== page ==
Pre-WAC Lecture Gender Dialogues Series: International Women’s Day 2022 – Breaking the Bias
GENDER DIALOGUE SERIES
Organized by: GENDER DOMAIN OF UIAF
Date: 8th March 2022
On International Women’s Day, 8th March 2022, the Gender Domain of UIAF initiated a pre-WAC-23, ‘Gender Dialogue Series’. The theme of the first dialogue was Breaking the Bias which dealt with the issues involving stereotypes, prejudice, workplace alienation, restrictions on political participation etc. These were dealt by six women panellists from the perspective of their individual reflexivity and experiential learning.
President of UIAF and Vice-Chancellor KISS, Professor Deepak Kumar Behera, on behalf of the partner institution of WAC-23(viz. Sambalpur University, KISS Deemed to be University, Utkal University, University of Delhi, and UIAF), welcomed the panellists and virtual participants and appreciated the gender dialogue initiative. He then invited the convenor of the Gender Domain, Dr ItishreePadhi, Professor at BJB Autonomous College to initiate the proceedings. In her opening remarks, she succinctly explained a woman’s journey from within the four walls to a broad spectrum of multi-skilling and multi-tasking responsibilities. In her brief remarks, she highlighted issues of violence against women inside the domestic domain as also outside. She drew attention to gender discrimination that invariably starts from the stage of primary socialization. Talking about the burden of proving a crime against a woman, the burden again lies on her shoulder and not on the perpetrator.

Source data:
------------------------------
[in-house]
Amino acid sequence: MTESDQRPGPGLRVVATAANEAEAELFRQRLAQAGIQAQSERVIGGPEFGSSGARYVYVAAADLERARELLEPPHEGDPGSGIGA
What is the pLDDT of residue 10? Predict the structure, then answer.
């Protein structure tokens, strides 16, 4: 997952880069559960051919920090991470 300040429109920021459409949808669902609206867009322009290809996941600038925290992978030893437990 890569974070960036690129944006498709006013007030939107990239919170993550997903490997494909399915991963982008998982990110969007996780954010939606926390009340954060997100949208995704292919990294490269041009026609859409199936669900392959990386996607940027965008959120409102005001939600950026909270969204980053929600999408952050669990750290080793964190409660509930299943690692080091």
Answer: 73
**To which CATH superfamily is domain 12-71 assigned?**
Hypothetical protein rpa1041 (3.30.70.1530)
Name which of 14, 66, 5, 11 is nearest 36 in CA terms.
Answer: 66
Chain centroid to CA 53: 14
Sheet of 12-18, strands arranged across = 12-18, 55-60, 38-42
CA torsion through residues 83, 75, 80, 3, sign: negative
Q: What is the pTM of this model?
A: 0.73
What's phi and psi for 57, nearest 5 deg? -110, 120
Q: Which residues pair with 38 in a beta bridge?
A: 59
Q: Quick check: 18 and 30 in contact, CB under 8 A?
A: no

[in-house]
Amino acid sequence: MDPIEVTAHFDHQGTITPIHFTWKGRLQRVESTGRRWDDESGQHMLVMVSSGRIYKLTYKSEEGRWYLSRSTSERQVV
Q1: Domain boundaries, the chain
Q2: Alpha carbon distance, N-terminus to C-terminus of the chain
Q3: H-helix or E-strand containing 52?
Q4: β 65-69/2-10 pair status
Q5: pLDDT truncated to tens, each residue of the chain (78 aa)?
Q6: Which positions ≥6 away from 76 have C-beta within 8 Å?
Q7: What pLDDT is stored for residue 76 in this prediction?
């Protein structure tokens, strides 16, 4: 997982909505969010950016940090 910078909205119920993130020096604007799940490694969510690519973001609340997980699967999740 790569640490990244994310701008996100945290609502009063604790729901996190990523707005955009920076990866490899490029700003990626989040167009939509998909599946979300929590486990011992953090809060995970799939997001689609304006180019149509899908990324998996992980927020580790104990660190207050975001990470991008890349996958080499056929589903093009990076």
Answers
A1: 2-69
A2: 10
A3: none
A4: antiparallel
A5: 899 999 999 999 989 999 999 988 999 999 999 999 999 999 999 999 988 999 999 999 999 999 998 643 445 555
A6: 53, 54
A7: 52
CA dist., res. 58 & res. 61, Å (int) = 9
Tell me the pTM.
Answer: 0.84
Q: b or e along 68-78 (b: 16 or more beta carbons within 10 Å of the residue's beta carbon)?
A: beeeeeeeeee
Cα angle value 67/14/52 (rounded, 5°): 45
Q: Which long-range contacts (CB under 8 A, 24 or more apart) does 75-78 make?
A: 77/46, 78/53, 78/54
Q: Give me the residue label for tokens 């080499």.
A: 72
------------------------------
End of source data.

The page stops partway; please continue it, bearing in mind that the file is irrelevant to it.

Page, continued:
With these opening remarks, Dr Padhi handed over the platform to Dr Rashmi Parmanik,—(Assistant Professor in Anthropology, Sambalpur University) for moderating the proceedings. She invited the first panellist Dr Shreyasi Bhattacharya, Resource Person, STARPARD, Govt. of West Bengal. The first panellist cited several constraints that make it difficult for working women to strike a balance between their professional and domestic responsibilities as they receive barely any support from men in the family in managing their household chores. She cited statistical data from empirical research supervised by her to assess sharing of responsibilities by spouses during work from home provisions because of the Covid pandemic. Women in her research sample also talked about additional mental and emotional distress they experienced during the pandemic.